High Mountain Honduran Coffee
by Kathryn Worley
25 enero 97
What a day! We had a marvelous experience.
After a breakfast of pancakes and fruit we loaded the pick-up with a few supplies and ourselves. Four people managed to fit in the cab while seven of us scrunched in the bed. Not being as adventurous as Honduran workers, we sat. The road leaving San Marcos de Ocotepeque was a major highway (at least two paved lanes). The air was crisp. The mountains were exquisite, yet peaceful. Our destination was atop the mountains--to the best of the coffee grown in Honduras. Somehow, we were able to leave all thoughts behind and become a part of a beautiful story somewhat akin to Juan Valdez and the mountains of Colombia. It was as if he could appear at any moment, and we'd be a part of that coffee commercial.
Once we left the open highway to a dirt road and begin to climb rapidly, it was rather evident why we'd left the van at the house and opted for a pick up. We began to become a part of the surroundings--pine trees, wildflowers, banana trees and coffee bushes. At the site of a small peasant home, we disembarked. After a quick hello to the family, we backtracked, descending, until we came upon the coffee pickers. Each picker had his own turf, so we had to be given our boundaries.
Ripe coffee berries are bright red, closely resembling cranberries. They grow in clusters along the branch. Each 6-7ft bush yields three pickings. One must only pick the ripe berries and leave the green ones behind. Hey. This was fun! And if the whole branch was ripe, one could just slide the berries off the branch. Around our waists we attached picking baskets. Each basket held 12 pounds of berries. Once filled, we dumped our gatherings into a large sack. It took our crew about an hour to pick 110 pounds. At 8 lempira per 25 pounds, we had earned, collectively, 35 lempiras or approximately $2.70. With the dollar being devalued weekly, our spending power would be less today. Coffee pickers are among the highest paid workers in Honduras. Many can pick 400 pounds a day which would yield approximately $30.00. Because picking season is not year long, pickers must conserve the weekly earnings. Even so, the weekends in towns and villages can become rather raucous during the late night and wee hours of the morning.
Once we finished our picking, we were ready to have lunch and witness the rest of the process in hand. So, still chewing on the raw coffee bean after eating the sweet flesh, we walked back up to the peasant home.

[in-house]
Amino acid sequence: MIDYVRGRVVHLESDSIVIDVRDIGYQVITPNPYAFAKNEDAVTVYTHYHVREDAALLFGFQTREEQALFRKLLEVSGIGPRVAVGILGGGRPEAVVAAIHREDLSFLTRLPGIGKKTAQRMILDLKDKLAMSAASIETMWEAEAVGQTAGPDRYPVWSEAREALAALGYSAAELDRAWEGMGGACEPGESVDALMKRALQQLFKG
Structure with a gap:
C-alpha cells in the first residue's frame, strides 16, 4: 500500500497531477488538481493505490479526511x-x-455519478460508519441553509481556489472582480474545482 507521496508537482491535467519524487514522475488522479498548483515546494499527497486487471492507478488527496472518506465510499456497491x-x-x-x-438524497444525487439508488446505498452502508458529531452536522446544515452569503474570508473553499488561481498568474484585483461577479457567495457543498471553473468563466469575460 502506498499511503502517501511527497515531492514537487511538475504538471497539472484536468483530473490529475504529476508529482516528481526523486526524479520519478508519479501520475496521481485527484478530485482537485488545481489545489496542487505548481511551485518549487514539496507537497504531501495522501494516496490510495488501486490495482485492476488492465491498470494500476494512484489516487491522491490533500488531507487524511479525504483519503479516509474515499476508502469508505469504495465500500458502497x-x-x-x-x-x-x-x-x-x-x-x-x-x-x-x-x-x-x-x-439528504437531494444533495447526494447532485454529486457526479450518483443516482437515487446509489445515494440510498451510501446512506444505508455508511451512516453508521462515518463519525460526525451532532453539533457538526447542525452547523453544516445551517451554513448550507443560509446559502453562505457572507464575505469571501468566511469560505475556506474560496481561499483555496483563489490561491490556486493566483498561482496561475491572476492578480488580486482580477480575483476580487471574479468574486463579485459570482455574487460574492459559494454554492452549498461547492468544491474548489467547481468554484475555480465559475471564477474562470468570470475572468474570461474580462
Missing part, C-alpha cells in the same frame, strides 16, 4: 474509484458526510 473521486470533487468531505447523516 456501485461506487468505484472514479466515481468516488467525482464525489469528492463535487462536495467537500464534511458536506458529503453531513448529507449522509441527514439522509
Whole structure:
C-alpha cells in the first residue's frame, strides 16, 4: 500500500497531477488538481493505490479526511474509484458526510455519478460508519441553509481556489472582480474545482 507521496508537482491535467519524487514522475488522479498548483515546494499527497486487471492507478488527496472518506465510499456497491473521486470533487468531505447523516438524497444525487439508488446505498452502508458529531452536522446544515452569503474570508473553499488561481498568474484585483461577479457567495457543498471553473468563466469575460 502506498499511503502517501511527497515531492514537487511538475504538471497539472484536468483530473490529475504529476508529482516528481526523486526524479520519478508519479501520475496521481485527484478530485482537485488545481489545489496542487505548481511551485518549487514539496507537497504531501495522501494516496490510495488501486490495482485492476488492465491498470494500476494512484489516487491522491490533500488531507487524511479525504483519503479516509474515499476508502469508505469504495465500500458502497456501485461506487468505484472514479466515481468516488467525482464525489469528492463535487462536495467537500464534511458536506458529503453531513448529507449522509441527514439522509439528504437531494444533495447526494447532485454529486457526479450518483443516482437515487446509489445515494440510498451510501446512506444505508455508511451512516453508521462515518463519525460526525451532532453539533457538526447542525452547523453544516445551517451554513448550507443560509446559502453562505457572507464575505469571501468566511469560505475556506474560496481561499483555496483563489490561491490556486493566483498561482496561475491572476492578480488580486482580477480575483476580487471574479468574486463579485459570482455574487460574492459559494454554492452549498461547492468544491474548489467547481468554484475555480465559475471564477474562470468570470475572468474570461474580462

First, one must remove the flesh from the bean. This is done by the company, not individually. To me, the open air removal was like a giant home cherry picker. The flesh went in one direction and the beans another. Only this time, we were saving the pits. The flesh was put into piles and later used for mulch. Fermentation, in the warm air, took little time.
Now, the beans. Just pretend you are an average citizen and have a sackful of raw beans. By or near almost every home in the mountains is a level slab or piece of ground--sometimes it is the shoulder along the highway. On these slabs, coffee beans are laid out to dry. When dried, the beans can be stored for later.
Each bean, like peanuts or pecans, has a shell. A log, hollowed out about 8 - 12 inches, stands upright on the porch. A few of the beans are put into the log. One takes another tool, which has a similarity to a bell bar, except the ends are a part of the same limb and longer and with more circumference than the middle. With one hand on the middle and the other supporting the end, one begins his/her own rhythm and beats the beans by plunging the 'beater' into the cavity filled with beans. After a half dozen of us took our turn, it was time to be rid of the shells. A plastic laundry basket does the trick. Emptying the contents of our log into the basket, we simply throw the beans up and the shells blow away or fly threw the open slats of the basket. Since all the shells didn't get cracked, we had to sort out those out by hand.